Morris, Marshall, Faulkner & Co.
Morris, Marshall, Faulkner & Co. (1861-74) or ‘the Firm’, as it was colloquially referred to, was founded in 1861 by William Morris, Edward Burne-Jones, Dante Gabriel Rossetti, Ford Madox Brown, Philip Webb, Peter Paul Marshall and Charles J Faulkner. ‘The Firm’ and its later iteration, Morris & Co., would go on to create some of the most influential stained glass of the 19th century, creating new aesthetics and themes that artists in both the Arts and Crafts Movement and the big glass companies would learn from.
It was an artists’ collective born of Morris and his friends’ enthusiasm for decorating his new marital home, Red House in Bexleyheath, near London, designed by Philip Webb. Morris was quite arrogant about his ambitions for design in churches, saying, ‘You see we are, or consider ourselves to be, the only really artistic firm of the kind, the others being only glass painters in point of fact, or else that curious nondescript mixture of clerical tailor and decorator that flourishes in Southampton Street, Strand; whereas we shall do — most things.’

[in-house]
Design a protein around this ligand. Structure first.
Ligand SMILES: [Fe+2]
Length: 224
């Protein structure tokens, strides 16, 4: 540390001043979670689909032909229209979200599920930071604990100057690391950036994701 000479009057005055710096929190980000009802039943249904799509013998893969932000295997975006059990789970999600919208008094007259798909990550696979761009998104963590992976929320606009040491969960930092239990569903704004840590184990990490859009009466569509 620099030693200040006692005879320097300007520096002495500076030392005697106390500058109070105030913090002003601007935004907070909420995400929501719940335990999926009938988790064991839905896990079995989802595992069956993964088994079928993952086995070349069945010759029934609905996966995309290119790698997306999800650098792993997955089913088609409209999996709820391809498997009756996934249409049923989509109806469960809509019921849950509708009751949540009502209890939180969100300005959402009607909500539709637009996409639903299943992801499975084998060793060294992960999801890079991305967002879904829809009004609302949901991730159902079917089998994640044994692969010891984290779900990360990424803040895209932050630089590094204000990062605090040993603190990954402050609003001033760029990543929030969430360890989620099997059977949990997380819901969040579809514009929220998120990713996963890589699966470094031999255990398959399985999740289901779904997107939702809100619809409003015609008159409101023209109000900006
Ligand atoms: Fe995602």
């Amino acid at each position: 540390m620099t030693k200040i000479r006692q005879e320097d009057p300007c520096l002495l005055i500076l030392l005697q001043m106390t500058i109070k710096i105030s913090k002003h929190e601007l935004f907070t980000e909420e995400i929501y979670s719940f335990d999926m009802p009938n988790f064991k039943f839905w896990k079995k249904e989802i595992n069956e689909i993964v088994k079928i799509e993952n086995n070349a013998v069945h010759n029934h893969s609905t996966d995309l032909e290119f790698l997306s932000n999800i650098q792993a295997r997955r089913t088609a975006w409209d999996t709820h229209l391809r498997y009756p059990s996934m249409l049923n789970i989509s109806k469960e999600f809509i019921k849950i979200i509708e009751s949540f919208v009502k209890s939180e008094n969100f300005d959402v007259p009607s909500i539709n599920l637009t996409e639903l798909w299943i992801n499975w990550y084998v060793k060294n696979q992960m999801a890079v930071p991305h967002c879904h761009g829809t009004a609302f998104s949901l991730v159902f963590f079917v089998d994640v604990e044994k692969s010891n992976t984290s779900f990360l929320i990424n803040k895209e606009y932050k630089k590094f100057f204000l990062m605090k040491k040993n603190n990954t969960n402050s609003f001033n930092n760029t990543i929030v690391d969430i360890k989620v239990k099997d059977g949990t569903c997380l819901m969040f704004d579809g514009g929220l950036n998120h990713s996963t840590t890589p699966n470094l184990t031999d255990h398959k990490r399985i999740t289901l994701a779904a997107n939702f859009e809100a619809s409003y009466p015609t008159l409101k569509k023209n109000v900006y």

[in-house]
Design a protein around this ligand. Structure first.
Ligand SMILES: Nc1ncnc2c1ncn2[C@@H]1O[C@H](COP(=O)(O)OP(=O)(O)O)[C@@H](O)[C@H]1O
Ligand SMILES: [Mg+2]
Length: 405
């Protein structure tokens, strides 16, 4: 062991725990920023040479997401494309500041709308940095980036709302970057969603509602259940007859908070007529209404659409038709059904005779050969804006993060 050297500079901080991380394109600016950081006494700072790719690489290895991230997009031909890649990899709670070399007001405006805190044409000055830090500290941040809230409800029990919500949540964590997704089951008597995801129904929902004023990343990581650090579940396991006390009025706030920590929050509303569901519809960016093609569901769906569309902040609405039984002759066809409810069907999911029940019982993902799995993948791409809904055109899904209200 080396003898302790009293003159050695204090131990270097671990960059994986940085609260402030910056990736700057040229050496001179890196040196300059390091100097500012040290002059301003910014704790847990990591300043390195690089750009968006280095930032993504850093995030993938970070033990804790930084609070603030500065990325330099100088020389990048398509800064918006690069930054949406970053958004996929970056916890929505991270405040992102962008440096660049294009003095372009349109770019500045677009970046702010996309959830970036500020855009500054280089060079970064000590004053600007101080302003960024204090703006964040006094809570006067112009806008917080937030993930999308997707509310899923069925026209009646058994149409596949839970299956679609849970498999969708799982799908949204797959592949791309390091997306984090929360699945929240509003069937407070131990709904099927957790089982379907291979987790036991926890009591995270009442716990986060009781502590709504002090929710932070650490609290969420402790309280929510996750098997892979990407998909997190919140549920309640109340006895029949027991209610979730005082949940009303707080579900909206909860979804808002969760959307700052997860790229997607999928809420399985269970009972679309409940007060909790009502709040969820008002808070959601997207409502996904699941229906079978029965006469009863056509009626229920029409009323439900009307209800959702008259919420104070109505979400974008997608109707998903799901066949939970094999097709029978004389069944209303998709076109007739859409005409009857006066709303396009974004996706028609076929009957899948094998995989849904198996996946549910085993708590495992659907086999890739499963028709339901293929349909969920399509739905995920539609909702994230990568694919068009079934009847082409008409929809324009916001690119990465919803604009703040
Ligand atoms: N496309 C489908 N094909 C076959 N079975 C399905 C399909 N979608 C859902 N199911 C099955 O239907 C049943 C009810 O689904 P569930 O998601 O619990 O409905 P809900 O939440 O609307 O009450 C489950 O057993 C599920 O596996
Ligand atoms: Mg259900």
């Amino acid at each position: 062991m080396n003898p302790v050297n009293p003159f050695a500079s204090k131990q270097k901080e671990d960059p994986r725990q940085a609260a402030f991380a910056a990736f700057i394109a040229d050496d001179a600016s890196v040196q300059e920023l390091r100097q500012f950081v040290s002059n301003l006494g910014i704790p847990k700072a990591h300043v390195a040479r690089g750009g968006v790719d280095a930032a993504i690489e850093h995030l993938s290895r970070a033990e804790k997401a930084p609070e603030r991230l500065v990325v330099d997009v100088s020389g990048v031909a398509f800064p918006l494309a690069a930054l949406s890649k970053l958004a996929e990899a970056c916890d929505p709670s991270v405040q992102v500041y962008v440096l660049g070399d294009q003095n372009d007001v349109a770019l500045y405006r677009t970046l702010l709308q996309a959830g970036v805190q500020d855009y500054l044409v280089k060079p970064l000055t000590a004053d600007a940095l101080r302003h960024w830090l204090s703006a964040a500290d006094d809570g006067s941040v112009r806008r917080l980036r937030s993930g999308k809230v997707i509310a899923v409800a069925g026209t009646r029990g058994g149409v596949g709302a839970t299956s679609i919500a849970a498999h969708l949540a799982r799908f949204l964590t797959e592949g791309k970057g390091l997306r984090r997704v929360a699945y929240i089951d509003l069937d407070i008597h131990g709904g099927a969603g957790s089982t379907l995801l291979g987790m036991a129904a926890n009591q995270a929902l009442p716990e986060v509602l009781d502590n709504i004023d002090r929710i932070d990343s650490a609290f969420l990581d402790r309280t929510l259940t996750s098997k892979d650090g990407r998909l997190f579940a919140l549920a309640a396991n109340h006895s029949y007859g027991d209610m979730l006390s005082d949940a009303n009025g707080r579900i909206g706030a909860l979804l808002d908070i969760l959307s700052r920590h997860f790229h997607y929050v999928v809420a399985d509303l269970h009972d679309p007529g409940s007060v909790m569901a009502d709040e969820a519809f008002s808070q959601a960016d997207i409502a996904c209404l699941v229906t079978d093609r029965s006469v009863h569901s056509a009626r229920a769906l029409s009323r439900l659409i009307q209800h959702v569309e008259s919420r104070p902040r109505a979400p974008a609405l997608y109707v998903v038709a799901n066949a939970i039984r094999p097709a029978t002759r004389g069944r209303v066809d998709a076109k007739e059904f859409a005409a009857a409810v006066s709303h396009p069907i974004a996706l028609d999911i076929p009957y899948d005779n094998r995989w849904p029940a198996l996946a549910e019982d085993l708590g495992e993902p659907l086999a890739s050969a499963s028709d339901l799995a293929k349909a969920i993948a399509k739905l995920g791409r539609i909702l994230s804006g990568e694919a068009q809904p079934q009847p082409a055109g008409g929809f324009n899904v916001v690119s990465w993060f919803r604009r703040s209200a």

Stained glass became one of the main stays of the company, with most designs by Burne-Jones, and, later by the 1890s and after Morris and Burne-Jones’ deaths, John Henry Dearle, the Firm’s chief designer.
For a brief overview see Morris & Co on Wikipedia
Angels and Icons: Pre-Raphaelite Stained Glass by William Waters and Alistair Carew-Cox (Seraphim Press, 2012)
Burne-Jones Special Issue, The Journal of Stained Glass, Vol. XXXV, 2011
Damozels & Deities Pre-Raphaelite Stained Glass 1870-1898 by William Waters and Alastair Carew-Cox (Seraphim Press Ltd, 2017)
‘Morris stained glass: “an art of the Middle Ages”’ by David O’Connor in William Morris and the Middle Ages ed. Joanna Banham and Jennifer Harris (Manchester University Press, 1984)
The Last Pre-Raphaelite: Edward Burne-Jones and the Victorian Imagination by Fiona McCarthy, Faber & Faber, 2011.
The Stained Glass of William Morris and his circle by A Charles Sewter (Yale University Press, 1974)
William Morris: A Life for Our Time by Fiona MacCarthy (Faber & Faber, 1994)